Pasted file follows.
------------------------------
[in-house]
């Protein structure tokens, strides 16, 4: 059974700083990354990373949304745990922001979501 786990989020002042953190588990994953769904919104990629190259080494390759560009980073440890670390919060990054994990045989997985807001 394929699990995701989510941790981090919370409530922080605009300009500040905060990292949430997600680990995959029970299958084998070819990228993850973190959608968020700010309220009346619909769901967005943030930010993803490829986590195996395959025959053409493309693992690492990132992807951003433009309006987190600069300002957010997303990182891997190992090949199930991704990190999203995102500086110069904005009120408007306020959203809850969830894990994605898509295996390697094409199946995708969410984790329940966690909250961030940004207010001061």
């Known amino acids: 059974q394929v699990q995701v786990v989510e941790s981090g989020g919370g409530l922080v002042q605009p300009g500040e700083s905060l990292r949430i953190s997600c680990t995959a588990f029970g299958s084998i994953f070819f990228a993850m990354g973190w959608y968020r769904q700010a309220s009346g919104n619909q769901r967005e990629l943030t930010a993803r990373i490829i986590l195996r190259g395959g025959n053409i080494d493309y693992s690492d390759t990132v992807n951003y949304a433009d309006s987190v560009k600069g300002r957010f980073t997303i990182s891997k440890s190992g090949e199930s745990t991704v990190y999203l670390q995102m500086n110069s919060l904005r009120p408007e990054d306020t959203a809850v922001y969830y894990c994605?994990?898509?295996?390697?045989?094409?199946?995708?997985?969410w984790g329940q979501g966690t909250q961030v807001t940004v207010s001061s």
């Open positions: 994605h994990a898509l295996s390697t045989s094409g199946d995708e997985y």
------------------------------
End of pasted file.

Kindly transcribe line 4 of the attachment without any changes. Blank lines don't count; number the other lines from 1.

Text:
């Open positions: 994605h994990a898509l295996s390697t045989s094409g199946d995708e997985y």